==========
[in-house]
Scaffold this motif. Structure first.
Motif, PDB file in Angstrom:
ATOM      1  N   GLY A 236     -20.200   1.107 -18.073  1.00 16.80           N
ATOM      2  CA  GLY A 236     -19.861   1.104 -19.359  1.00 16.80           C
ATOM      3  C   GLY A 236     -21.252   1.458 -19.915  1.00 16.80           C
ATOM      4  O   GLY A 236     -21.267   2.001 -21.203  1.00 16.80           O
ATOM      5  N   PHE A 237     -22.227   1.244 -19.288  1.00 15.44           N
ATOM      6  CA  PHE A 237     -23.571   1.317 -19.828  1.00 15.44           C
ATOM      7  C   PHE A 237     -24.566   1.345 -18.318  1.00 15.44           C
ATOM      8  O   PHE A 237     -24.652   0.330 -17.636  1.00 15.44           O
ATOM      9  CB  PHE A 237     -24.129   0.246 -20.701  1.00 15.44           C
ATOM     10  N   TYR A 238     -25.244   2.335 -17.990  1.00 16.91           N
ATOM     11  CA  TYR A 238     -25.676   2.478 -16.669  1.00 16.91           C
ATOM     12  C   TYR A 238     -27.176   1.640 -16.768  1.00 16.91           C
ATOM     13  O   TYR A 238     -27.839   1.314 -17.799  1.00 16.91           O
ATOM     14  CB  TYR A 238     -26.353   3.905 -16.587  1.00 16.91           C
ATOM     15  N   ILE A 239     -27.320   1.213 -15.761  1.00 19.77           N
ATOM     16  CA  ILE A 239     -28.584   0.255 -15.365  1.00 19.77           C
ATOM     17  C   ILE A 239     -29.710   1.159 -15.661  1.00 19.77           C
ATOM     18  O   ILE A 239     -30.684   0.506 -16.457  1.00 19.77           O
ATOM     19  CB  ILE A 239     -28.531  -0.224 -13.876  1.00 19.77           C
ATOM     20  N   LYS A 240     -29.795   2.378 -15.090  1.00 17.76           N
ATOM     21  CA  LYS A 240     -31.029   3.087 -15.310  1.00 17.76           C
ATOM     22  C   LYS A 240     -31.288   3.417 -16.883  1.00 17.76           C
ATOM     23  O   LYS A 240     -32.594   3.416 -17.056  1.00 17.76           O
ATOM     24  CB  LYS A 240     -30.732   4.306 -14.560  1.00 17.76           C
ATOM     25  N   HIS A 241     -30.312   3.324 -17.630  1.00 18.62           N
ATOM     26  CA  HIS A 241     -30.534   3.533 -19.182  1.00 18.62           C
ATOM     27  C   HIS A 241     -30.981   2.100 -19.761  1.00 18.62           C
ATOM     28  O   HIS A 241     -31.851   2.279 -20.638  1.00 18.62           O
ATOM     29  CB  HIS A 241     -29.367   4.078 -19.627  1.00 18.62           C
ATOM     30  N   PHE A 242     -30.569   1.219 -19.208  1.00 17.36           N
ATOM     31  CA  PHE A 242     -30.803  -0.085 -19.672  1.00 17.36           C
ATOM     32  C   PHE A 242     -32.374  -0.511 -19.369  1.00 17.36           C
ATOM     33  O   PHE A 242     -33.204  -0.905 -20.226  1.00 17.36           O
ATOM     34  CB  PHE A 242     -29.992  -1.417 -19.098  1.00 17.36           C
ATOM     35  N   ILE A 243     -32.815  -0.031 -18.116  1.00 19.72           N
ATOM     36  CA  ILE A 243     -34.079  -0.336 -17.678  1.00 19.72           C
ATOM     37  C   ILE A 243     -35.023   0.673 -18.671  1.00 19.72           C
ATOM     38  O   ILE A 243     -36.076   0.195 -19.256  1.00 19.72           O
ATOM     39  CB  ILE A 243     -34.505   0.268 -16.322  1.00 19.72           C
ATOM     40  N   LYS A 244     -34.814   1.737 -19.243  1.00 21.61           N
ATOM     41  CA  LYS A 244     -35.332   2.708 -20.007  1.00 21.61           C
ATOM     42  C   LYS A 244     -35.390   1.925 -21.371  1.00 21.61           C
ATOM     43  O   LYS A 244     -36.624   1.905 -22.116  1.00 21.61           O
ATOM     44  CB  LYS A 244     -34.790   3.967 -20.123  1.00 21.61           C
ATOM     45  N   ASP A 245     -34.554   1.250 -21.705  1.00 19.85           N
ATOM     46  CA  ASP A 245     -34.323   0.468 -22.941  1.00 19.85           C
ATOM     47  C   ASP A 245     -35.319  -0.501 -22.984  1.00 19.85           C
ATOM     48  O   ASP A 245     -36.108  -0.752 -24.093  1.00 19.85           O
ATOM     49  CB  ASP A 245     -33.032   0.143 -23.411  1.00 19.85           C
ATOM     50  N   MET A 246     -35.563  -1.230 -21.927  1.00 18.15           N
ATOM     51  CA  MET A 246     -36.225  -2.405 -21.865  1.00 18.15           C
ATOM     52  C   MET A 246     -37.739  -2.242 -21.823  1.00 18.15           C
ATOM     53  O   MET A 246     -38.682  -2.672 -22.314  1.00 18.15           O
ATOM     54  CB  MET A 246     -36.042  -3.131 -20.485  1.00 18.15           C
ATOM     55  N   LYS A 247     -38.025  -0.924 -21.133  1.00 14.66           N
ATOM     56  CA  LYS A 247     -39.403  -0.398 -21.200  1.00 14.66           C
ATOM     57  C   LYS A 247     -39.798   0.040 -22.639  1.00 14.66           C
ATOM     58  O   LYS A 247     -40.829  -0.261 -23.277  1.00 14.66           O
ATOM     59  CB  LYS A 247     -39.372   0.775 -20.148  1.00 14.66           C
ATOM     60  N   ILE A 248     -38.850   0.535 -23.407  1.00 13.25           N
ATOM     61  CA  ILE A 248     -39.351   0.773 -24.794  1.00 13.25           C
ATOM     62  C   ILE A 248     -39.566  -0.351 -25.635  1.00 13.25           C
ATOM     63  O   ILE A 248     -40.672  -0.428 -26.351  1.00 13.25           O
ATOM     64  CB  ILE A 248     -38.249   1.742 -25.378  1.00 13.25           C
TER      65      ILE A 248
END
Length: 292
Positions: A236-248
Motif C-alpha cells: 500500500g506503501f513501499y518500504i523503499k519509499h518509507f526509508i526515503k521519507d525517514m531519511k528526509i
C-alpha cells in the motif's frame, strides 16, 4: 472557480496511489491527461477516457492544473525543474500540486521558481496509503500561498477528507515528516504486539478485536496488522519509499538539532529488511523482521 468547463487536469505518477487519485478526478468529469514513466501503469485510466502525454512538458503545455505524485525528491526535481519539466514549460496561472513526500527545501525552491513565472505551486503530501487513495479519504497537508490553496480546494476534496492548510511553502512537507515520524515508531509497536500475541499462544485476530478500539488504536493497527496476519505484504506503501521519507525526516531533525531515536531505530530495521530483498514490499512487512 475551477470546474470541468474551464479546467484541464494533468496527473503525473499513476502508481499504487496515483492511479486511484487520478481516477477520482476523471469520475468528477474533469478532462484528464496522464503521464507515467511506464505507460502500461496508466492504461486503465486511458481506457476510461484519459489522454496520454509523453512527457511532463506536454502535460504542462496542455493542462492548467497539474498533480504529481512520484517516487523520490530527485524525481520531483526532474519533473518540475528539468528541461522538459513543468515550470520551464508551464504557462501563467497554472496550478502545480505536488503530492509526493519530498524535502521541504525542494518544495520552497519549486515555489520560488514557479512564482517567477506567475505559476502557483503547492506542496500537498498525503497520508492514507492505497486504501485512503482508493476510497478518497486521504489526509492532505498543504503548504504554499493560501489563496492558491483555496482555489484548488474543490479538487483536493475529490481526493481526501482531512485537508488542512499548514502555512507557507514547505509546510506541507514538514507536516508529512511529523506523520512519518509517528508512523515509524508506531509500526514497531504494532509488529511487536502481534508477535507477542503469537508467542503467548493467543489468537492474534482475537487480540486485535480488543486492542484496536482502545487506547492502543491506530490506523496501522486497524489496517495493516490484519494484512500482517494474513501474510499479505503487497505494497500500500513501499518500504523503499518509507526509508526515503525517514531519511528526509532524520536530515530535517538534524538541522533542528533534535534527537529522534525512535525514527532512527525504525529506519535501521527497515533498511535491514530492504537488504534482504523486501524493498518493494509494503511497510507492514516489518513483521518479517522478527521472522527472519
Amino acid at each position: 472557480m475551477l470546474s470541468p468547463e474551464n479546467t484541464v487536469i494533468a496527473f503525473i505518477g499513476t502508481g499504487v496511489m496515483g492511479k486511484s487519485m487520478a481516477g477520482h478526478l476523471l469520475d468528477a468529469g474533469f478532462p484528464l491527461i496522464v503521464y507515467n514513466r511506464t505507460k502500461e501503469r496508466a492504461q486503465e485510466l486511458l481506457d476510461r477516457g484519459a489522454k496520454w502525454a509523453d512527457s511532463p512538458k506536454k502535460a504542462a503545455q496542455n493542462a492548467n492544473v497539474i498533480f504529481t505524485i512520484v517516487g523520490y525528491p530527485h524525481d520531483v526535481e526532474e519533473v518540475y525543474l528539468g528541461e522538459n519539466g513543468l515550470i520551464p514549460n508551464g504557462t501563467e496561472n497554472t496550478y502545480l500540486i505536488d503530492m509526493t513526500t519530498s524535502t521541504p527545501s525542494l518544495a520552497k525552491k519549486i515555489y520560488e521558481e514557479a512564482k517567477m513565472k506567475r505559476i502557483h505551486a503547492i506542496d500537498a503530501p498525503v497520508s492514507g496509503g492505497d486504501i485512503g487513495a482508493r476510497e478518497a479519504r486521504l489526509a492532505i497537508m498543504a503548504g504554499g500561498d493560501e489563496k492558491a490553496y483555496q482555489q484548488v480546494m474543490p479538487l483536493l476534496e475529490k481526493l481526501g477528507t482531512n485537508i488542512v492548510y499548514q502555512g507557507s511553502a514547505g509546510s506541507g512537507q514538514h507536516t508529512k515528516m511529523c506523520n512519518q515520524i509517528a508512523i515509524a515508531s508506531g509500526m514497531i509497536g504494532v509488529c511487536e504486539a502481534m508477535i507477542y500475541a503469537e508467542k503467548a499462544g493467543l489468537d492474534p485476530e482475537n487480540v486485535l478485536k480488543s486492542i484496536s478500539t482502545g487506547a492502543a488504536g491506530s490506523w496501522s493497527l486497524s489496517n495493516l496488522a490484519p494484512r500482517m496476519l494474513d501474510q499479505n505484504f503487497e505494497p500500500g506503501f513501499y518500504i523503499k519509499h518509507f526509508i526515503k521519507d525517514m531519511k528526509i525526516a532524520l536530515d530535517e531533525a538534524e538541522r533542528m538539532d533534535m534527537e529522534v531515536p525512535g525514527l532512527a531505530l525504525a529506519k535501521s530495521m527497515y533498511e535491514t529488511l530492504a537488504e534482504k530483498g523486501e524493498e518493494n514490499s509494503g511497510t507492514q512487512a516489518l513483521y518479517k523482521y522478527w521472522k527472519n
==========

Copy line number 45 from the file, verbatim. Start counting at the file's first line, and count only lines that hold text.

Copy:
ATOM     42  C   LYS A 244     -35.390   1.925 -21.371  1.00 21.61           C